Austin arrived at the Pentagon just after noon on Friday and was sworn in. An official swearing-in will take place next week at the White House.
The new Defense Secretary’s first day is a tight one, starting with meetings with Assistant Secretary David Norquist – one of the few remnants of the last administration to have served as Acting Secretary as Austin awaited confirmation – and the Chairman of the Joint Chiefs, General Mark Milley.
Austin is also expected to chair a coronavirus briefing with Pentagon leaders and speak to NATO Secretary General Jens Stoltenberg.
“It is an honor and a privilege to be our country’s 28th Secretary of Defense, and I am particularly proud to be the first African American to hold this position,” Austin wrote on Twitter after being confirmed. “Let’s get to work.”
The confirmation vote came just a day after the House and Senate approved a waiver to allow Austin to serve. Austin, who retired from the military in 2016, does not meet the legal requirement that military officers not wear uniform for seven years to serve as Secretary of Defense.
Austin, former commander of US forces in the Middle East, is the second four-star general to benefit from the waiver in four years. Congress also passed an exception for former President Donald Trump’s first Pentagon chief, retired Navy General Jim Mattis.
Despite the pioneering nature of Austin’s appointment and its long track record, lawmakers on both sides feared that the installation of another general at the top of the Pentagon could disrupt already disorderly civil-military relations. Even some supporters of Trump and Mattis, such as Republican Senator Tom Cotton or Arkansas, argued that supporting Mattis in 2017 was a mistake and that Congress should never again grant the waiver.
While 27 senators voted against the waiver a day earlier, only two senators opposed Austin’s confirmation: Republicans Josh Hawley of Missouri and Mike Lee of Utah.
Austin doubled civilian control of the military in a Senate Armed Services confirmation hearing on Tuesday. Most senators were pleased with Austin’s pledges to strengthen civilian control of the military and empower senior Pentagon civilians rather than surrounding themselves with former high-ranking military personnel.
“Mr. Austin has a rich career in the military, but those days are behind him,” Senate Majority Leader Chuck Schumer said ahead of Friday’s vote.
“He must once again demonstrate to the world that the US military will always support its friends, deter our adversaries and, if necessary, defeat them,” said Schumer. “Lloyd Austin is the right fit for the job.”
Outgoing Republican Chairman of the Senate Armed Services Committee Jim Inhofe has argued that Austin is the right choice to lead the Pentagon as the military shifts its focus to matched gains from China and Russia.
“We are in the most threatened period that we have known,” said Inhofe. “And I can’t think of a better person to take the helm than General Austin to provide that leadership.”
Despite his support for Austin, Minority Leader Mitch McConnell warned senators to “pause and reflect” that Congress exempted two retired generals from federal law to lead the Pentagon at the start of the decade. consecutive administrations.
“We will study what steps Congress can take to help restore balance in the Pentagon,” McConnell said. “The law we continue to renounce actually exists for a good reason. Civilian control of the military is a fundamental tenet of our republic.”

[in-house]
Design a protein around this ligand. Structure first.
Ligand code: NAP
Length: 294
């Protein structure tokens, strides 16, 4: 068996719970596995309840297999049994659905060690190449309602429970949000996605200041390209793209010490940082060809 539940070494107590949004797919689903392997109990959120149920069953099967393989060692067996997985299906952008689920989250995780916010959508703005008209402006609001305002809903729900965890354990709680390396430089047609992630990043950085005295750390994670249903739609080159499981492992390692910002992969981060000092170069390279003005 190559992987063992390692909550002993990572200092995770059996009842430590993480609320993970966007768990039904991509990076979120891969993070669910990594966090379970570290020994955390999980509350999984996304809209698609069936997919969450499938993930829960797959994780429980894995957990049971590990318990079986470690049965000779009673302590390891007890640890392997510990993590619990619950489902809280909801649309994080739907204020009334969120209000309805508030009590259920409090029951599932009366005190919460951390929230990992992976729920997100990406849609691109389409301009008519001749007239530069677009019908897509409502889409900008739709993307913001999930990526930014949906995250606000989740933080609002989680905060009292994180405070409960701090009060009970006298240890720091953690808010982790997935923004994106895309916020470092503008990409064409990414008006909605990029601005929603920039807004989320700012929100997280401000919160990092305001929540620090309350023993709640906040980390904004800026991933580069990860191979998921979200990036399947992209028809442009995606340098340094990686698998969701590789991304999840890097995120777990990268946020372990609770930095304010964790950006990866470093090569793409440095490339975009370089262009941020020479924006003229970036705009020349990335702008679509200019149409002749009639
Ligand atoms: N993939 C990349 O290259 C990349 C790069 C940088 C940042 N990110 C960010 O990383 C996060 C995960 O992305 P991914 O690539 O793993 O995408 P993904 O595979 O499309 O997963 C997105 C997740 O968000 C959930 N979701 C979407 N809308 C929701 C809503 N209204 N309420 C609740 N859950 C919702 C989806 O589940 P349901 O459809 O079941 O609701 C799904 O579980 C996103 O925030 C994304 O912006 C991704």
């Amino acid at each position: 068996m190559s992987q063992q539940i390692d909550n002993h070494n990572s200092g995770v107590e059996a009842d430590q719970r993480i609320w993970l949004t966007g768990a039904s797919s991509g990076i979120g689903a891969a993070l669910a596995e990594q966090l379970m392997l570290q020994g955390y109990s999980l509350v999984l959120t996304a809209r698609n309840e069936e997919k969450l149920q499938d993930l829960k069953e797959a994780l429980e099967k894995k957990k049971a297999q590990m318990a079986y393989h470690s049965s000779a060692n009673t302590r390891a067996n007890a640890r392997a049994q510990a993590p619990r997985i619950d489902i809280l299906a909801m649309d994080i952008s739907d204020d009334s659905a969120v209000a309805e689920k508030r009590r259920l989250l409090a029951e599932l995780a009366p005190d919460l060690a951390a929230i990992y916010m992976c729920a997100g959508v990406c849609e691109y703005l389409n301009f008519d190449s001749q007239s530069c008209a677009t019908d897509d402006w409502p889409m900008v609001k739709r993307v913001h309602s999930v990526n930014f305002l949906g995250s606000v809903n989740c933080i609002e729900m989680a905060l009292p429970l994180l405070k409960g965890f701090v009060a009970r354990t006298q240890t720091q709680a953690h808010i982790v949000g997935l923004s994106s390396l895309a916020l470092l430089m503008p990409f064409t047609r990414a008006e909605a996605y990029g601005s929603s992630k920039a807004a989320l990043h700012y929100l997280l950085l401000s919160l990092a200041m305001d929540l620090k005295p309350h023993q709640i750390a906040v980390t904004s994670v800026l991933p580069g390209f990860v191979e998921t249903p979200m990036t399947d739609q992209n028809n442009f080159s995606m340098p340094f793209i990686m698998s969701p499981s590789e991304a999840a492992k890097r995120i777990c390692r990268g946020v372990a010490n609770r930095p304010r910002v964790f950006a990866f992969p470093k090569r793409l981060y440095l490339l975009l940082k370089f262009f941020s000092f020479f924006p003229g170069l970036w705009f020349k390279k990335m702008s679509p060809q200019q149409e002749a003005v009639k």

In his early days on the job, Austin will likely oversee the dismantling of Trump’s restrictive transgender troop policy. Biden pledged to overturn Trump’s ban and return to the Obama-era policy of allowing transgender people to serve openly. Austin told senators he was in favor of overturning the ban.
He also pledged to quickly review the Pentagon’s efforts to respond to the coronavirus pandemic to ensure the department is doing all it can to help distribute vaccines and immunize troops.
He will also take control of a Pentagon that is grappling with issues of systemic racism and extremism in the ranks after months of racial unrest in the country and a deadly insurgency this month on the U.S. Capitol that has taken over. share of former soldiers.
“The Department of Defense’s job is to protect America from our enemies,” Austin said Tuesday. “But we can’t do that if some of these enemies are in our own ranks.”
It’s the historic nature of the choice that also underscores one of Austin’s major challenges: making the military more diverse, especially at the senior ranks.
“If African Americans are to be successful, we have to work harder, stay longer and get in earlier. It always has been,” said Representative Anthony Brown, a former army officer. “We have to clean this bar with a lot more space than the others. Austin is cleaning up this bar.
“The moment he walks through the door will energize the department,” he added.
But making the military more representative won’t be so easy, warned retired Admiral Mike Mullen, former chairman of the Joint Chiefs of Staff and chief of naval operations.
“He must move things forward, keep the services at the feet on this issue, because it is a priority for the country. And now is the time, ”he said in an interview.
Yet bringing more equality to the military goes far beyond promoting more black officers, he said.
“My biggest regret when I was NOC and President is that I couldn’t do much about the Latinxes,” said Mullen. “I was pushing women and minorities and the Latinx hunk, you know there was no place to push. I didn’t have a pool and that has to be created.”
Austin is the first Pentagon candidate to be confirmed in this administration.
Biden has also named Kathleen Hicks as Austin’s deputy and Colin Kahl as Pentagon policy chief, but neither have yet received confirmation hearings.
Lara Seligman and Nolan McCaskill contributed to this report.